Former NHRA Funny Car driver Chuck Etchells passed away yesterday. He was 61.
Etchells, of Putnam, Conn., earned 13 NHRA Funny Car victories during his driving career and 15 as a team owner. He is best known for driving the Kendall Oil Dodge Daytona to the sport’s first four-second Funny Car run in 1993.
Etchells began his career bracket racing in the Northeast with a D/Gas Dodge in 1974 before he and brother Gary started campaigning the Future Force Chevy Monza Funny Car in 1979 that they purchased from Bruce Larson. Etchells mainly raced locally, and his fortunes began to change when he teamed with Paul Smith in 1987. He scored his first win in the Future Flash Chevy Beretta when he defeated Johnny West in the final of the 1990 NHRA Summernationals in Englishtown.
Etchells’ breakthrough season was 1992, when he hired Maynard Yingst to tune his Nobody Beats the Wiz Dodge Daytona. While Cruz Pedregon and John Force had a championship battle for the ages that season, Etchells emerged toward the front of the pack with event wins in Englishtown and Denver and at the season-ending event in Pomona that earned him his first of seven consecutive top-five finishes as a driver despite not beginning his season until the Gainesville event.
After Yingst’s untimely passing due to a brain aneurysm at the Houston event in 1993, Tim and Kim Richards went to work for Etchells on the Kendall Motor Oil Dodge Daytona in a season full of notable accomplishments. Etchells made NHRA history by becoming the first Funny Car driver to record a four-second elapsed time with a 4.987 e.t. during Friday qualifying at Heartland Park Topeka. He earned the prestige and the $25,000 reward that was put up by Force sponsor Castrol. Etchells was runner-up to Force for the championship that season despite operating on a shoestring budget that Richards estimated at $260,000 and running parts purchased mainly from Joe Amato.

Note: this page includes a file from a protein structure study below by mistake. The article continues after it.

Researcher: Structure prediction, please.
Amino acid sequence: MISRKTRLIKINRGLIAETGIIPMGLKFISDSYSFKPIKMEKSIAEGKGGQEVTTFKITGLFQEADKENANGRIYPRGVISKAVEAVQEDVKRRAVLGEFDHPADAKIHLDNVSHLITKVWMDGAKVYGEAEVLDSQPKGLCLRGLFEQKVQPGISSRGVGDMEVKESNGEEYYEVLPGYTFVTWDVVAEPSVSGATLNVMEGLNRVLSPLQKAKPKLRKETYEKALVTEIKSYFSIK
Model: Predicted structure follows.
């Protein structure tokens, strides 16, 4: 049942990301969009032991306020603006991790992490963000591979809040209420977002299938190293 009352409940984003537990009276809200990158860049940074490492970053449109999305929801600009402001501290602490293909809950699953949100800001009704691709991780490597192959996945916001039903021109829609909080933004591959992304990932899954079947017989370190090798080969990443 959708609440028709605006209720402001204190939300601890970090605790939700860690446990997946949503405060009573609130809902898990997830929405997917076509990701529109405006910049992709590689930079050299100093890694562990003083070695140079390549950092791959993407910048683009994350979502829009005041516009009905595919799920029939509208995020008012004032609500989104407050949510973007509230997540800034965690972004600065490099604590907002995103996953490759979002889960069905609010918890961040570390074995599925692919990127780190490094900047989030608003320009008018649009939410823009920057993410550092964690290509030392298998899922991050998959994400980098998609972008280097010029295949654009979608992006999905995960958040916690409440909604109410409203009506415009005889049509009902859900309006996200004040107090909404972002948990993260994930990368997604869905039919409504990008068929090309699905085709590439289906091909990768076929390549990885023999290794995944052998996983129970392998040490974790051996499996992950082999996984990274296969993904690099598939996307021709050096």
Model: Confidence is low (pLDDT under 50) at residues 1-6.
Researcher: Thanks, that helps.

In 1994, John Medlen took over as crew chief for Etchells while Richards went to work for Connie Kalitta. The result was a No. 4 finish in the standings before Medlen went to work for Force and Etchells reunited with Richards. Etchells scored at least one win and a top-five finish from 1995 through 1998, including three wins in 1998, before he took a hiatus from driving and put Whit Bazemore behind the wheel.
As a team owner, Etchells added two wins to his total of 13 as a driver. Bazemore won the Sonoma event in 1999 and finished No. 3 in the points standings. Richards left the team during the 2000 season, and Bazemore won the Denver event and qualified No. 1 at all three races of the Western Swing with Terry Manzer handling the tuning chores.
The following season, after Bazemore was offered a ride at Don Schumacher Racing, Etchells made a comeback behind the wheel and fielded two entries, with Jim Epler driving the other. He posted a semifinal finish at the season-opening event in Pomona and qualified for 14 of 21 events. His final race was at Maple Grove Raceway that season before he hung up his helmet for good.
Etchells is survived by his wife, Shelley, and his daughter, Erica. Funeral arrangements have not been made at this time.